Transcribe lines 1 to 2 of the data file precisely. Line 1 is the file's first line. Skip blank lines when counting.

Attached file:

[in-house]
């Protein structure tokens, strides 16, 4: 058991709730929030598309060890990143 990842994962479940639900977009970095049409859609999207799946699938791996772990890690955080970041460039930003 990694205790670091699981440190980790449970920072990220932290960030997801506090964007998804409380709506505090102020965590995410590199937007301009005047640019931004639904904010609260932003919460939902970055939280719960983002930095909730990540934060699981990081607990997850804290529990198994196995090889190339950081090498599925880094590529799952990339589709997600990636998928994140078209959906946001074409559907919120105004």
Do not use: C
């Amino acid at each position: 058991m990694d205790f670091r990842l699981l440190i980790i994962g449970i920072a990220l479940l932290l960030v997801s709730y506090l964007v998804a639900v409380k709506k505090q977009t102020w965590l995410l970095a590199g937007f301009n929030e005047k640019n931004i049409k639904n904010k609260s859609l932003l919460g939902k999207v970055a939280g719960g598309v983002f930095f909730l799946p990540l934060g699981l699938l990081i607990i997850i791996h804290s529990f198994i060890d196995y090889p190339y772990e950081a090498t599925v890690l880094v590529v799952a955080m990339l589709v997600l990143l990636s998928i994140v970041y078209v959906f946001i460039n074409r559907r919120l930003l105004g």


[in-house]
């Protein structure tokens, strides 16, 4: 058991709730929030598309060890990143 990842994962479940639900977009970095049409859609999207799946699938791996772990890690955080970041460039930003 990694205790670091699981440190980790449970920072990220932290960030997801506090964007998804409380709506505090102020965590995410590199937007301009005047640019931004639904904010609260932003919460939902970055939280719960983002930095909730990540934060699981990081607990997850804290529990198994196995090889190339950081090498599925880094590529799952990339589709997600990636998928994140078209959906946001074409559907919120105004």